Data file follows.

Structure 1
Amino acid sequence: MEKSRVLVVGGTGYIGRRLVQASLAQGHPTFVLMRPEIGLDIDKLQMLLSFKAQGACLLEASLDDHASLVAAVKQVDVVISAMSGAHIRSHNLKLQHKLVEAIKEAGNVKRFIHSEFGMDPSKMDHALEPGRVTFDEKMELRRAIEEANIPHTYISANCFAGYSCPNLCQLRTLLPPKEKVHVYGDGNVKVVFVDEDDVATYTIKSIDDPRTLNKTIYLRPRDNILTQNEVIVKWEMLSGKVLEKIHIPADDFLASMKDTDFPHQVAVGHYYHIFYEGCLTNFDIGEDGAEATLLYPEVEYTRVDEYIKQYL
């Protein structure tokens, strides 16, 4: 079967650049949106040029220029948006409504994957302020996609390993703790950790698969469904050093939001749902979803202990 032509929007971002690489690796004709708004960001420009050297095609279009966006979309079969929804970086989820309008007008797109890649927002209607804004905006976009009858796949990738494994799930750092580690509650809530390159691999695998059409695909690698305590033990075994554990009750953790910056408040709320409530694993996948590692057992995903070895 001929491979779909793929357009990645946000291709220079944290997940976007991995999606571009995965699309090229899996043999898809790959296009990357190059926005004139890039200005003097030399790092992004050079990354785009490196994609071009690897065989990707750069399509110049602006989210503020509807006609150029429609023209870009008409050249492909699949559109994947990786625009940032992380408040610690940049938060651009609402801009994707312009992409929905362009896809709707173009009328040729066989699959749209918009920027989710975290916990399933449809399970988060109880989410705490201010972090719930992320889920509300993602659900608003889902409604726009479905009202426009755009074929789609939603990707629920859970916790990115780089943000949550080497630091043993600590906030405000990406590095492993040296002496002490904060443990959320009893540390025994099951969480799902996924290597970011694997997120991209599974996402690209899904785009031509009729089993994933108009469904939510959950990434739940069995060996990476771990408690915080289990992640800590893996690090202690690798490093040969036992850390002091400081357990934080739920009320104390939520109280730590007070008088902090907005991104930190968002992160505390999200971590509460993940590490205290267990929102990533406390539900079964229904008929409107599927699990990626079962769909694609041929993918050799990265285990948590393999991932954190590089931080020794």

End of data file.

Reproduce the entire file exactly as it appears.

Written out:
Structure 1
Amino acid sequence: MEKSRVLVVGGTGYIGRRLVQASLAQGHPTFVLMRPEIGLDIDKLQMLLSFKAQGACLLEASLDDHASLVAAVKQVDVVISAMSGAHIRSHNLKLQHKLVEAIKEAGNVKRFIHSEFGMDPSKMDHALEPGRVTFDEKMELRRAIEEANIPHTYISANCFAGYSCPNLCQLRTLLPPKEKVHVYGDGNVKVVFVDEDDVATYTIKSIDDPRTLNKTIYLRPRDNILTQNEVIVKWEMLSGKVLEKIHIPADDFLASMKDTDFPHQVAVGHYYHIFYEGCLTNFDIGEDGAEATLLYPEVEYTRVDEYIKQYL
């Protein structure tokens, strides 16, 4: 079967650049949106040029220029948006409504994957302020996609390993703790950790698969469904050093939001749902979803202990 032509929007971002690489690796004709708004960001420009050297095609279009966006979309079969929804970086989820309008007008797109890649927002209607804004905006976009009858796949990738494994799930750092580690509650809530390159691999695998059409695909690698305590033990075994554990009750953790910056408040709320409530694993996948590692057992995903070895 001929491979779909793929357009990645946000291709220079944290997940976007991995999606571009995965699309090229899996043999898809790959296009990357190059926005004139890039200005003097030399790092992004050079990354785009490196994609071009690897065989990707750069399509110049602006989210503020509807006609150029429609023209870009008409050249492909699949559109994947990786625009940032992380408040610690940049938060651009609402801009994707312009992409929905362009896809709707173009009328040729066989699959749209918009920027989710975290916990399933449809399970988060109880989410705490201010972090719930992320889920509300993602659900608003889902409604726009479905009202426009755009074929789609939603990707629920859970916790990115780089943000949550080497630091043993600590906030405000990406590095492993040296002496002490904060443990959320009893540390025994099951969480799902996924290597970011694997997120991209599974996402690209899904785009031509009729089993994933108009469904939510959950990434739940069995060996990476771990408690915080289990992640800590893996690090202690690798490093040969036992850390002091400081357990934080739920009320104390939520109280730590007070008088902090907005991104930190968002992160505390999200971590509460993940590490205290267990929102990533406390539900079964229904008929409107599927699990990626079962769909694609041929993918050799990265285990948590393999991932954190590089931080020794």